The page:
Harare – A prominent activist in Zimbabwe is chronicling his unpaid work as a labourer at the Harare Magistrates’ Court with thoughtful posts on Facebook.
Patson Dzamara was last week sentenced to do 315 hours of community service for “obstructing the course of justice”.
‘Working for the nation’
On day one on Monday he posted a picture of himself raking up litter.
“Welcome to my new normal. For the next two months, I will be working for the ‘nation’ from 8am to 4pm every week day. Isn’t our government good?,” wrote Dzamara.
“Zimbabweans, subtract 1 ‘job’ from the 2.2 million jobs your government promised.”
The next day he posted a picture of himself in blue overalls and plastic gloves, holding a toilet brush and a bottle of detergent.
“I have made the bewildering discovery that the male toilets are actually generally cleaner than those for females,” he noted with grim amusement.
See pictures below.
Patson is the outspoken brother of Itai Dzamara, an anti-government protester snatched two years ago by unknown men from a Harare barber’s shop in broad daylight.
Since then Patson has proved himself a thorn in the flesh of President Robert Mugabe’s government through his tireless demands over the whereabouts of his brother.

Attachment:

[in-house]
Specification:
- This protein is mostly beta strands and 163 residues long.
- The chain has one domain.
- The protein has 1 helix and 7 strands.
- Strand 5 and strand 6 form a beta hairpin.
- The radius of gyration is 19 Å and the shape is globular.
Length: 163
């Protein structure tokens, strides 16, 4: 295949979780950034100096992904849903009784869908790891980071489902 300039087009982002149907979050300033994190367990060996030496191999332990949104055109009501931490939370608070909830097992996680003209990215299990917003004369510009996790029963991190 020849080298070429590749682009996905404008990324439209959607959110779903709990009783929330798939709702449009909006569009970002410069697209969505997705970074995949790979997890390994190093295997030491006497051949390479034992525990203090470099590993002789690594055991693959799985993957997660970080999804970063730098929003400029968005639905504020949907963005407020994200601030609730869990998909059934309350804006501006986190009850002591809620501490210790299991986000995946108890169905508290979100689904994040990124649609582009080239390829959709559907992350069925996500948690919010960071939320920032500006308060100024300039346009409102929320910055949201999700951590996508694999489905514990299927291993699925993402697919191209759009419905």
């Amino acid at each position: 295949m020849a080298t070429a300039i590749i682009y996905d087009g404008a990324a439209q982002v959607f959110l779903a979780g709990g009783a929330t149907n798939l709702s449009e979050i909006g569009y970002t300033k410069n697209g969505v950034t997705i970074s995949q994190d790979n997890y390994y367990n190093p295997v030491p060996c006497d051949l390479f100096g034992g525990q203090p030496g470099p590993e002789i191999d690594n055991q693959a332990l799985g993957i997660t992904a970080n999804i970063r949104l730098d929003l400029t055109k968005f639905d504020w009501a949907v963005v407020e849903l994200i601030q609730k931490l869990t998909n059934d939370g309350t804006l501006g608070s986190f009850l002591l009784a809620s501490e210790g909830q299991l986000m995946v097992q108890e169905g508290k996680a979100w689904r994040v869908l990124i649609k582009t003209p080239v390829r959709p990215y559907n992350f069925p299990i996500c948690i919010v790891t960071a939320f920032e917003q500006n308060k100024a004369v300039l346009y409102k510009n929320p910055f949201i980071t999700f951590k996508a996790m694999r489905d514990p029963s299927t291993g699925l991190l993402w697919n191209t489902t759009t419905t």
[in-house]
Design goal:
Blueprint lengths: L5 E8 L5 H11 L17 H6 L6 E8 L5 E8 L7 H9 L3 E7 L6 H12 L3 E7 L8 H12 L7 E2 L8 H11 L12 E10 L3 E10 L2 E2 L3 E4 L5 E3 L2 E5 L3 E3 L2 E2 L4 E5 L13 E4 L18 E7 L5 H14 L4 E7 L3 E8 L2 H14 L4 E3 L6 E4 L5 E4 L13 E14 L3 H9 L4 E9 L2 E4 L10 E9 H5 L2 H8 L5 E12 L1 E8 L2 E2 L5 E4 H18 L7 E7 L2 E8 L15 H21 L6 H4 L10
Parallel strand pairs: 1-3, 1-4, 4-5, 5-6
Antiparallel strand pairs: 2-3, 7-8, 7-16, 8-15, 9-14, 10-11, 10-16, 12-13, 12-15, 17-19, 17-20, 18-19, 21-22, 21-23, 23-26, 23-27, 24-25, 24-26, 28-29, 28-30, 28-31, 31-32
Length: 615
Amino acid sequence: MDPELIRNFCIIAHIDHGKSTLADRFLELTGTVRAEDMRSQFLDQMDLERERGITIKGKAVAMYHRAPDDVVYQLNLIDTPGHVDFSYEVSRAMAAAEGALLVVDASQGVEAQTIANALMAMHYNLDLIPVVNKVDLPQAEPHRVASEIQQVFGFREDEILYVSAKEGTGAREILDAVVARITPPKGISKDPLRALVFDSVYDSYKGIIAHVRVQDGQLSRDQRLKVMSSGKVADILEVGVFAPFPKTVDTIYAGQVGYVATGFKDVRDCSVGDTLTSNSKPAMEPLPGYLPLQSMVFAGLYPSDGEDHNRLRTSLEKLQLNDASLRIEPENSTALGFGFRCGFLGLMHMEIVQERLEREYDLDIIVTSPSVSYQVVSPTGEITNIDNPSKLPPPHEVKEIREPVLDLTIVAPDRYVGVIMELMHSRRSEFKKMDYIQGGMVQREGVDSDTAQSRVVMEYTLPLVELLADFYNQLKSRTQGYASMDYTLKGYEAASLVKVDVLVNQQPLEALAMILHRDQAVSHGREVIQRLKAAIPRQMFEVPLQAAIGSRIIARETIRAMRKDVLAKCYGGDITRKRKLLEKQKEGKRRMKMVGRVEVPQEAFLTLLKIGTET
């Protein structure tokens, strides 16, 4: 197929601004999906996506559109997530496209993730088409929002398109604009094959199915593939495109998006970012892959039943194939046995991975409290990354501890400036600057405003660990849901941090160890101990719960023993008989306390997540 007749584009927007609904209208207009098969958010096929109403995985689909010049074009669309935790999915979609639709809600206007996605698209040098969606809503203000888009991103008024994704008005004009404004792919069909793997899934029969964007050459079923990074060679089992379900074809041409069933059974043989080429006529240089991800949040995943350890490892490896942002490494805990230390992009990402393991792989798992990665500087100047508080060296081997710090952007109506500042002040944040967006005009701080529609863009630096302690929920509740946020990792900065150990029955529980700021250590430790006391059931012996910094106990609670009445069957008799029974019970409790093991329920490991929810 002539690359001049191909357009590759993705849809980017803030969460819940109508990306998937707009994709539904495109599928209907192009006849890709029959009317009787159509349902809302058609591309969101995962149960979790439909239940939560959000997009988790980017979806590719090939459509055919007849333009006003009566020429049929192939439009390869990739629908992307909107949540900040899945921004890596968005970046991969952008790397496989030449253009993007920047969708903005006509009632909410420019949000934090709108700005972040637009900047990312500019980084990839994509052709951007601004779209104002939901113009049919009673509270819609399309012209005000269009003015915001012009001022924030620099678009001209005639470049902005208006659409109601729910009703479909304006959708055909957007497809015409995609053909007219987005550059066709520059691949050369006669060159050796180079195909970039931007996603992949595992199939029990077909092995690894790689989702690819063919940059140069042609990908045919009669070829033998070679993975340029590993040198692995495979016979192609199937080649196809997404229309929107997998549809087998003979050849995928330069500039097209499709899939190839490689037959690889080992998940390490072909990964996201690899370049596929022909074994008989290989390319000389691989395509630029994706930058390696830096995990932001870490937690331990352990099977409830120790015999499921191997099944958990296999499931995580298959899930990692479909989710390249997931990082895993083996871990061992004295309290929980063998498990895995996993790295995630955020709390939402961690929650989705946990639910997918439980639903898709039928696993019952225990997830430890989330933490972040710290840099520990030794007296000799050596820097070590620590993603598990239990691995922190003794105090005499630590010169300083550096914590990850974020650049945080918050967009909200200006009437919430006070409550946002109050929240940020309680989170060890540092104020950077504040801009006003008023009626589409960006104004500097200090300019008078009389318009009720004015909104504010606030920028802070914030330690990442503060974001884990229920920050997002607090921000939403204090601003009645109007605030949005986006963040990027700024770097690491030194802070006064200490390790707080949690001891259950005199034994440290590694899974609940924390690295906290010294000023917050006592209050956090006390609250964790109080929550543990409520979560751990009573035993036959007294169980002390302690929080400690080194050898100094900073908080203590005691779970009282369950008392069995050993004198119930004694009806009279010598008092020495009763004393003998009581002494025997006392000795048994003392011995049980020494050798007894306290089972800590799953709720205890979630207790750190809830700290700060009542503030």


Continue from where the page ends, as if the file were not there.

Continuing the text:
The community service imposed on Dzamara and co-accused Makomborero Haruzivishe, a student leader, stem from a peaceful protest they staged in Harare a year ago.
‘Break their spirits’
The Zimbabwe Human Rights Association (ZimRights) said on Wednesday the imposition of community service appeared to be a new attempt to cow activists.
“There appears to be a new strategy of negatively profiling activists using court convictions on trumped up charges,” it said in a statement.
Earlier this year another activist, Linda Masarira, was sentenced to do 385 hours.
“This is a new attempt at giving activists a bad profile as a way to break their spirits,” ZimRights director Okay Machisa said. “We are obviously worried by this development.”
Nevertheless, Dzamara appears unsubdued.
A new Zimbabwe
Wednesday’s Facebook post showed him with three street kids he met on his way to “work”. He said each one had a dream: to be a doctor, a farmer, a driver.
“They too must be accorded an opportunity to realise those dreams. It is hard to imagine under the current situation but it is very possible in a new Zimbabwe,” he wrote.
With more than 200 hours of ‘work’ still to go, Dzamara will have plenty of time for dreams of his own.